Posts tagged with

Southeast

Hurricanes and Tornados and Severe Thunderstorms! Oh My!

Posted Thu, 08/17/2017 - 11:00

By: Sarah Latshaw, Southeast Regional Coordinator for the NOAA Marine Debris Program

While we may not have flying monkeys and green-faced witches to contend with here in the Southeast, we do face possible hazards like hurricanes, tornados, and severe thunderstorms. With these threats, there also comes the potential for a different kind of trouble--large amounts of storm-generated marine debris. In fact, almost a year after hurricane Matthew, many states are still dealing with the remnant debris stirred up by those storms, much of it in the form of abandoned and derelict vessels.

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Addressing Marine Debris in the Southeast krista.e.stegemann Tue, 08/15/2017 - 11:00

Meet Sarah Latshaw, the Southeast Regional Coordinator for the NOAA Marine Debris Program, based in beautiful Charleston, SC. Reach out to Sarah at sarah.latshaw@noaa.gov!

The Southeast United States is a great place to enjoy some unique outdoor areas. The NOAA Marine Debris Program’s Southeast region spans the states of North Carolina, South Carolina, and Georgia, to which many people travel to experience the beautiful sand beaches and marshlands. Unfortunately, this area is also visited by marine debris. Thankfully, there are several efforts underway to keep our Southeast region clean and address the marine debris that plagues this area. Check out some of the projects that are working to remove and prevent debris in the Southeast.

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Georgia Marine Debris Emergency Response Guide: A New Comprehensive Guide for the State

Posted Thu, 06/15/2017 - 11:00

The NOAA Marine Debris Program is proud to announce the release of the new Marine Debris Emergency Response document for Georgia! This guide takes existing roles and authorities, as they relate to response to an incident that generates large amounts of debris in coastal waterways, and presents them in one guidance document for easy reference. By collaborating with local, state, and federal entities active in the region, this guide aims to facilitate a more timely and effective response to waterway debris incidents in Georgia.

South Carolina Incident Waterway Debris Response: A New Comprehensive Guide for the State krista.e.stegemann Mon, 11/28/2016 - 11:50

The NOAA Marine Debris Program (MDP) is proud to announce the release of the new Incident Waterway Debris Response document for South Carolina! This guide takes existing roles and authorities, as they relate to response to an incident that generates large amounts of debris in coastal waterways, and presents them in one guidance document for easy reference. By collaborating with local, state, and federal entities active in the region, this guide aims to facilitate a more timely and effective response to waterway debris incidents in South Carolina.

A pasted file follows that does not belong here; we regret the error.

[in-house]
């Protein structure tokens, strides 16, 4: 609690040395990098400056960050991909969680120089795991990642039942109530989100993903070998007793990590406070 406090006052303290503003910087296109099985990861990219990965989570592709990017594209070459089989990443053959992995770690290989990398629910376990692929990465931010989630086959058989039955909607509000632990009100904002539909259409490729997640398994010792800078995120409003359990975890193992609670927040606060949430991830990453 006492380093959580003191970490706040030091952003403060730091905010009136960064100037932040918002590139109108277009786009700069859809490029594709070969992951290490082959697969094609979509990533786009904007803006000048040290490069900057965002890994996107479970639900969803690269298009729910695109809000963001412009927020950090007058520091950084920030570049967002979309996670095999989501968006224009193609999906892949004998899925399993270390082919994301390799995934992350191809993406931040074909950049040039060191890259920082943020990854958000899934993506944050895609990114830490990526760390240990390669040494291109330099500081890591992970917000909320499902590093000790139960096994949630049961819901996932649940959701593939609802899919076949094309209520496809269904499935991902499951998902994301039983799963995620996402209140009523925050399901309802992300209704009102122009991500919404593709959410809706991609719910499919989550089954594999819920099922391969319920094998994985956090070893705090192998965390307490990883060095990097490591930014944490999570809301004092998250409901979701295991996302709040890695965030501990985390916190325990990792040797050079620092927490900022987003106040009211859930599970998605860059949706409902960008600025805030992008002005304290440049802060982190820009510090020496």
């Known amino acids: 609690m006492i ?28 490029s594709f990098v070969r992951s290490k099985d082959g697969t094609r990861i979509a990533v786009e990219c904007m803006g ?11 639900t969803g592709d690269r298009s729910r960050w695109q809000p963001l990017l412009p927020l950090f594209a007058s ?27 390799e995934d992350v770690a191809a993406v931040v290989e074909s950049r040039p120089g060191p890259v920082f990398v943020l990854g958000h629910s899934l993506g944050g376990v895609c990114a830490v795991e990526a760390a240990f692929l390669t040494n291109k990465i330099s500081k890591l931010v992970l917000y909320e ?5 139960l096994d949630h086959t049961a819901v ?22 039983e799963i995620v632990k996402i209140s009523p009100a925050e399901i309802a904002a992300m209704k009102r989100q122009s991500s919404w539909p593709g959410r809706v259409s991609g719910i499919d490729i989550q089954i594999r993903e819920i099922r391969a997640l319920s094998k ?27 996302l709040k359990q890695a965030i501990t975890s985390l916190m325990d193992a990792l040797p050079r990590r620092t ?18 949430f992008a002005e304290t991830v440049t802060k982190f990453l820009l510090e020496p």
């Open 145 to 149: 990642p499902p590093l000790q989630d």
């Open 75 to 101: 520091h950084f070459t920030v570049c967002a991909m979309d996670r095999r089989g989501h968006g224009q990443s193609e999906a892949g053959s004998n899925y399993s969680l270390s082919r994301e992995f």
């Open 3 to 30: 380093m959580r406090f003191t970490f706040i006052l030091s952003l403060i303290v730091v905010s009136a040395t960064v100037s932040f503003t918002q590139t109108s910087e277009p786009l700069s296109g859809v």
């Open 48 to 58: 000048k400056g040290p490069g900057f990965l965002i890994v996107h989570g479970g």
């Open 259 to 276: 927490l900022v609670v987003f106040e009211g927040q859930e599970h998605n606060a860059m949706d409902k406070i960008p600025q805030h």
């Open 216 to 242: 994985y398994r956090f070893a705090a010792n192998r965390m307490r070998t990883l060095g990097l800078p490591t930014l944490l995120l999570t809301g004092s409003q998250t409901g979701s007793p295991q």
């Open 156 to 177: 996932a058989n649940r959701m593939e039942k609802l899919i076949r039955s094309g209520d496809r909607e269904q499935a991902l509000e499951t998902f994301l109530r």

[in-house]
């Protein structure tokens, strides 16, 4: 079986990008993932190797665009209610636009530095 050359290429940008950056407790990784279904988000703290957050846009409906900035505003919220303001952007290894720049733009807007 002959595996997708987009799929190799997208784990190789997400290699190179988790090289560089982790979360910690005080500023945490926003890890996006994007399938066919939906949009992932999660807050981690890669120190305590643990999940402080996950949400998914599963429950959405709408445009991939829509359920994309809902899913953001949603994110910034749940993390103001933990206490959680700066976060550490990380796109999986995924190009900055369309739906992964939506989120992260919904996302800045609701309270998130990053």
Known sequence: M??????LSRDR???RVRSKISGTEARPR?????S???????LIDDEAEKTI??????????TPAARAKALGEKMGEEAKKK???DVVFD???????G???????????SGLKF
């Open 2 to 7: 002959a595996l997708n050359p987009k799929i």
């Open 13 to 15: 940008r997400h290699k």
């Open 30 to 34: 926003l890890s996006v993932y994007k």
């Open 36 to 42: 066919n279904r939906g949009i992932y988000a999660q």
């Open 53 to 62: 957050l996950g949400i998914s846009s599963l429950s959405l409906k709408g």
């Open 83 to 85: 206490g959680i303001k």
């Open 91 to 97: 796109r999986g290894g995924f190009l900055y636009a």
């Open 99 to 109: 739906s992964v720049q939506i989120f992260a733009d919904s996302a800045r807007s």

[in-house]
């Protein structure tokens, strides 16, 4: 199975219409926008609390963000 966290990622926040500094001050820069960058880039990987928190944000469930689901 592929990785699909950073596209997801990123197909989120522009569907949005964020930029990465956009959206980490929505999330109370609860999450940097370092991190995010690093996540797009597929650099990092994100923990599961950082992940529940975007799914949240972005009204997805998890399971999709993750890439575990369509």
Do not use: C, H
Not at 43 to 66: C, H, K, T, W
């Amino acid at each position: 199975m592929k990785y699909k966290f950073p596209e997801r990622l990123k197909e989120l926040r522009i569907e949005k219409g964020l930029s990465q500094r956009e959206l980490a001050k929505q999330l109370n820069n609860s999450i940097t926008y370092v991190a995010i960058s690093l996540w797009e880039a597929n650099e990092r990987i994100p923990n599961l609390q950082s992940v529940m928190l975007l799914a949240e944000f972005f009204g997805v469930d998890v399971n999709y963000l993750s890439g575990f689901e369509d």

North Carolina Incident Waterway Debris Response: A New Comprehensive Guide for the State krista.e.stegemann Fri, 09/09/2016 - 15:59

The NOAA Marine Debris Program (MDP) is proud to announce the release of the new Incident Waterway Debris Response document for North Carolina. This guide takes existing roles and authorities, as they relate to response to an incident that generates large amounts of debris in coastal waterways, and presents them in one guidance document for easy reference. By collaborating with local, state, and federal entities active in the region, this guide aims to facilitate a more timely and effective response to waterway debris incidents in North Carolina.

Exciting Things Are Happening in the Southeast! krista.e.stegemann Tue, 04/26/2016 - 11:00

What do microplastics, nesting sea turtles, derelict crab trap floats, local fishermen, and whale guts have in common? They’re all part of some of the exciting projects going on in the Southeast region to fight marine debris! There’s lots going on in the NOAA Marine Debris Program’s (MDP) Southeast region right now, check out a quick glimpse at some of these projects supported by the MDP:

Starting down in Florida, Sea Grant is creating a network of citizen scientists to test water samples for microplastics and using that information to educate Floridians about plastic debris. 

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Cooperative Efforts Result in the Removal of Abandoned Vessels and Other Debris from the Historic Charleston Harbor

Posted Fri, 11/13/2015 - 13:06

By: Sarah Latshaw, Southeast Regional Coordinator for the NOAA Marine Debris Program

Charleston Harbor just got a facelift, with 10 abandoned and derelict vessels (ADVs) removed from its waterways and shoreline earlier this month. After being abandoned by their owners, many of these boats had been stuck for years, slowly deteriorating in the marsh, because of a lack of funding for removal and salvage efforts. Some of these ADVs were environmental concerns, causing damage to the shoreline and grasses or becoming dumping sites for other boaters’ trash; others posed a threat to navigation, and most were eyesores for this charming, historic city.